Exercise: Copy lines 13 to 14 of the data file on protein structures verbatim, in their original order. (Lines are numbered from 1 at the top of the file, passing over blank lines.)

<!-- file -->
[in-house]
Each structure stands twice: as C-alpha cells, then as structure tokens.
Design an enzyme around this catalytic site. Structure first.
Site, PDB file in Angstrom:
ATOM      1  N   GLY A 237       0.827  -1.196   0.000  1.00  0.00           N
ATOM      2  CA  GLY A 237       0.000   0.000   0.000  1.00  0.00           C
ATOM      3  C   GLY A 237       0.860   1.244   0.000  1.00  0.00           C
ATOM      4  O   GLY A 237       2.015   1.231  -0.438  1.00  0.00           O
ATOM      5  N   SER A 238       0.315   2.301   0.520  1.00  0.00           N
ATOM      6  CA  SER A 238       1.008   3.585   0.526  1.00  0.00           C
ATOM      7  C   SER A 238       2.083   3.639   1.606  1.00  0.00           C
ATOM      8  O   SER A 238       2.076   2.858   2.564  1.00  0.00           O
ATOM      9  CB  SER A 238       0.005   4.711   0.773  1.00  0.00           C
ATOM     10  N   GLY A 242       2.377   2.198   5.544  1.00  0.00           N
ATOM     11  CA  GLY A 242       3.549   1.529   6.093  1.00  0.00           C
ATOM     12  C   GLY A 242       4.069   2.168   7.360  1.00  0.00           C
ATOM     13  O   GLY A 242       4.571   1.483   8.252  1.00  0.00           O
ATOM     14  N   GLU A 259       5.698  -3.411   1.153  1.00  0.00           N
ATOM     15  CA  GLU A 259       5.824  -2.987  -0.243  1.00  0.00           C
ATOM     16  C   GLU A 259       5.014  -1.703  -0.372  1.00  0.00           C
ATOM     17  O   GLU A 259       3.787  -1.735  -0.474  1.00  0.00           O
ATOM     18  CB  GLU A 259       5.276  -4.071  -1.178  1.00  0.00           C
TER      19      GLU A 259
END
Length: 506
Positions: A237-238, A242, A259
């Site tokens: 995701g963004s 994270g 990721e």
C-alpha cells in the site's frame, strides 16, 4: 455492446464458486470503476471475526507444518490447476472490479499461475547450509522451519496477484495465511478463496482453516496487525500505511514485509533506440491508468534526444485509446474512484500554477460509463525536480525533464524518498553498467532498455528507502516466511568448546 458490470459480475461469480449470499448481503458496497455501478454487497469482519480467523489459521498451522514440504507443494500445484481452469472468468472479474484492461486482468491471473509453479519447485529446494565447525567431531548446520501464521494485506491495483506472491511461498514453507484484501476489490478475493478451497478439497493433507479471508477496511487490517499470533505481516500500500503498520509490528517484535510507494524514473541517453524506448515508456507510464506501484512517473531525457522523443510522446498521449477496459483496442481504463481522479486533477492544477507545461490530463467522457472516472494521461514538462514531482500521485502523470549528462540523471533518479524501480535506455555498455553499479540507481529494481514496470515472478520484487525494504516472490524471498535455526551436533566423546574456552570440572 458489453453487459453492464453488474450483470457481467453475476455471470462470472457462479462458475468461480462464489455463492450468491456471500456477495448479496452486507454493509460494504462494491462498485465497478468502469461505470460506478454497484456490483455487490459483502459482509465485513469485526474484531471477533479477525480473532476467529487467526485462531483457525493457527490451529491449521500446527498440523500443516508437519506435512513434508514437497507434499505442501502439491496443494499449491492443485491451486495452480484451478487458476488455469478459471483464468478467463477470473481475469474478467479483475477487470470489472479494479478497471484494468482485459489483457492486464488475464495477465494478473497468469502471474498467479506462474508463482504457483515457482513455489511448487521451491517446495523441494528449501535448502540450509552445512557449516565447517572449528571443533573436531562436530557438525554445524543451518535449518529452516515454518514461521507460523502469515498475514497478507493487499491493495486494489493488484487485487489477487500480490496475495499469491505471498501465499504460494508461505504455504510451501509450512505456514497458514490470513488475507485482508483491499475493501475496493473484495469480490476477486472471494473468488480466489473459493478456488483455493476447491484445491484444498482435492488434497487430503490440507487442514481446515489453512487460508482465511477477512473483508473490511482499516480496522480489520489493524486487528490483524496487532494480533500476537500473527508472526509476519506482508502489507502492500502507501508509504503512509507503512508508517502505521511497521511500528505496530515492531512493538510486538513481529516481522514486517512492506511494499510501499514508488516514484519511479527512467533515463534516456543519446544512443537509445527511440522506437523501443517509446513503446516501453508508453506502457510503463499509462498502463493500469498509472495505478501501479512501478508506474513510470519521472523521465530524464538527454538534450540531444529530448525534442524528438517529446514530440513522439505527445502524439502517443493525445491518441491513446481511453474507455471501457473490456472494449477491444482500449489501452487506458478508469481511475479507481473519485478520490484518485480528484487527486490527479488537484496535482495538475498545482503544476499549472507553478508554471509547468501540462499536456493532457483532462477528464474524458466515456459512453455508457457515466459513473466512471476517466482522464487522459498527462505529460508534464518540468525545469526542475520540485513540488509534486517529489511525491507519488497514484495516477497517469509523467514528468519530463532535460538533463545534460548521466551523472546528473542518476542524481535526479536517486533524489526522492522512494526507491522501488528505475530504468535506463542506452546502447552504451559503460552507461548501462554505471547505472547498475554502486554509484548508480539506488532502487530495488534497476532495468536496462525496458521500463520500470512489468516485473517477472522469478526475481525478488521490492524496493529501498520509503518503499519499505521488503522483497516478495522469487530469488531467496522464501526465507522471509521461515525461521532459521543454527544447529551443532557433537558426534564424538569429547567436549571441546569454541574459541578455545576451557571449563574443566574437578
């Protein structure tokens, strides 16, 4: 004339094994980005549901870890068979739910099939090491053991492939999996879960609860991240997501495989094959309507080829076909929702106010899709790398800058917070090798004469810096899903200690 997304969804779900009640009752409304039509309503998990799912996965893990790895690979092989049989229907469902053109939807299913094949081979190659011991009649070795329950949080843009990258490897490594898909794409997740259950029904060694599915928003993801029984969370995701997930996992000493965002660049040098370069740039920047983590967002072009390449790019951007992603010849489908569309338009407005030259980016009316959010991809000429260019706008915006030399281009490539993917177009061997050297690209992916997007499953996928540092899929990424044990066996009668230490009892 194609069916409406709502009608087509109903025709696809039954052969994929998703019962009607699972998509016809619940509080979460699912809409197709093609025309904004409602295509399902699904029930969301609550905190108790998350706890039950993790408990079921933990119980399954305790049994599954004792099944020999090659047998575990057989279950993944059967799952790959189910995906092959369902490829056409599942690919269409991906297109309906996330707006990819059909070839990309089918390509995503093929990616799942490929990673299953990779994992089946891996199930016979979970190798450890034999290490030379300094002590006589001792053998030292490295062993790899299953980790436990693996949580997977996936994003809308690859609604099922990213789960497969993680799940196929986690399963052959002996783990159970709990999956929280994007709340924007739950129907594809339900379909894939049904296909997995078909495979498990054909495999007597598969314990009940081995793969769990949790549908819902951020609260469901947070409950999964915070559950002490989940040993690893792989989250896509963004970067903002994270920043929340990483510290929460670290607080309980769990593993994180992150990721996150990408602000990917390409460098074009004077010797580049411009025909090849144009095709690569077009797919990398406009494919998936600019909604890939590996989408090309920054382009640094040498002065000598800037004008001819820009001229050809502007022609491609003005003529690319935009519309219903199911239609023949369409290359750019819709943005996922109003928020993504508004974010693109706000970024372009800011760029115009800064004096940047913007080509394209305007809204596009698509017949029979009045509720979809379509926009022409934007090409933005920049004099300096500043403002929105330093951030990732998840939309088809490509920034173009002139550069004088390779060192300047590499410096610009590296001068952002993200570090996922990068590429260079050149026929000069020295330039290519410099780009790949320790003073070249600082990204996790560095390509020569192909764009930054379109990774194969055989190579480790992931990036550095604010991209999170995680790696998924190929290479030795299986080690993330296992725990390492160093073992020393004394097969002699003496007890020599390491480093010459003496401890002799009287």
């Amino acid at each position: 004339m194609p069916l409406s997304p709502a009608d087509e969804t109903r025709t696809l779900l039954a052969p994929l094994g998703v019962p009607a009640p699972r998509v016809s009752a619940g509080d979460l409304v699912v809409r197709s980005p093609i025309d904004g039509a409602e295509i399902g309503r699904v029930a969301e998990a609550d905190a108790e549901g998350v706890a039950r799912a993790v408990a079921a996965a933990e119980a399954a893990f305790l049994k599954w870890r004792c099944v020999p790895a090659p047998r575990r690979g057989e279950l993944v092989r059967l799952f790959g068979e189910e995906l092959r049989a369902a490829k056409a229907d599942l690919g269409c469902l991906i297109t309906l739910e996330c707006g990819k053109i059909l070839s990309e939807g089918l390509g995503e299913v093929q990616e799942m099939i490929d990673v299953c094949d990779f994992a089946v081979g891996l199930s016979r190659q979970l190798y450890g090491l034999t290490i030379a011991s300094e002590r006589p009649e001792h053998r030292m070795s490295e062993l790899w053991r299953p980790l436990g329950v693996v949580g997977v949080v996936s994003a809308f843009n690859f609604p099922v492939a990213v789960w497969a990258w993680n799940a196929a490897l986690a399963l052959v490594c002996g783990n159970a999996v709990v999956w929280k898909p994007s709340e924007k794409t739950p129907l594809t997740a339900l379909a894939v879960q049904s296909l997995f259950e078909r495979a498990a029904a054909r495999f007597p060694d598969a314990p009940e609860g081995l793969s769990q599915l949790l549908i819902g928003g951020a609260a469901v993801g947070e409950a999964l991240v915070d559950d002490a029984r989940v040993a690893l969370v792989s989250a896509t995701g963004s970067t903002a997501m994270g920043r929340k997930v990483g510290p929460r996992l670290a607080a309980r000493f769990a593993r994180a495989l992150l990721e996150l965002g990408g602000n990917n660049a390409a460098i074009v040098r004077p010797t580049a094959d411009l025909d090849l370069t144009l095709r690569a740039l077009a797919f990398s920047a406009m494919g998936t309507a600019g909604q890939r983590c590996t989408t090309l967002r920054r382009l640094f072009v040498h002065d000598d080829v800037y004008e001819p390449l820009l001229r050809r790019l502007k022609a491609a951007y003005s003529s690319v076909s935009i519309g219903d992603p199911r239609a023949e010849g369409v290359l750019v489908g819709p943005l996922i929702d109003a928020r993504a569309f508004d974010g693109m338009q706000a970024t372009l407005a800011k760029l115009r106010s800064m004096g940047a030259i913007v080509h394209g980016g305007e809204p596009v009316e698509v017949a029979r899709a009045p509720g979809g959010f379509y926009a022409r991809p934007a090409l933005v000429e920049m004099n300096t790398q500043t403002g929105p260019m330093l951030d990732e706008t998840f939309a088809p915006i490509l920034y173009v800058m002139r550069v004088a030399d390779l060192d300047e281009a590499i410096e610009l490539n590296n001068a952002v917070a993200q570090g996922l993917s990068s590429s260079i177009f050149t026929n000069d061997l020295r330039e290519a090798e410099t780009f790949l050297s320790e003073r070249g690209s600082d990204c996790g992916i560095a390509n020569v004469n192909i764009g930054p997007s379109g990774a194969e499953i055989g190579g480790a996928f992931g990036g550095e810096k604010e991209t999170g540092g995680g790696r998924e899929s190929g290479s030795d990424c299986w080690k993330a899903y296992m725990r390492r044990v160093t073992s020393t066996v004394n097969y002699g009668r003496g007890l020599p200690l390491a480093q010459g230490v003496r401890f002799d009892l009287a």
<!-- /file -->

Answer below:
ATOM      9  CB  SER A 238       0.005   4.711   0.773  1.00  0.00           C
ATOM     10  N   GLY A 242       2.377   2.198   5.544  1.00  0.00           N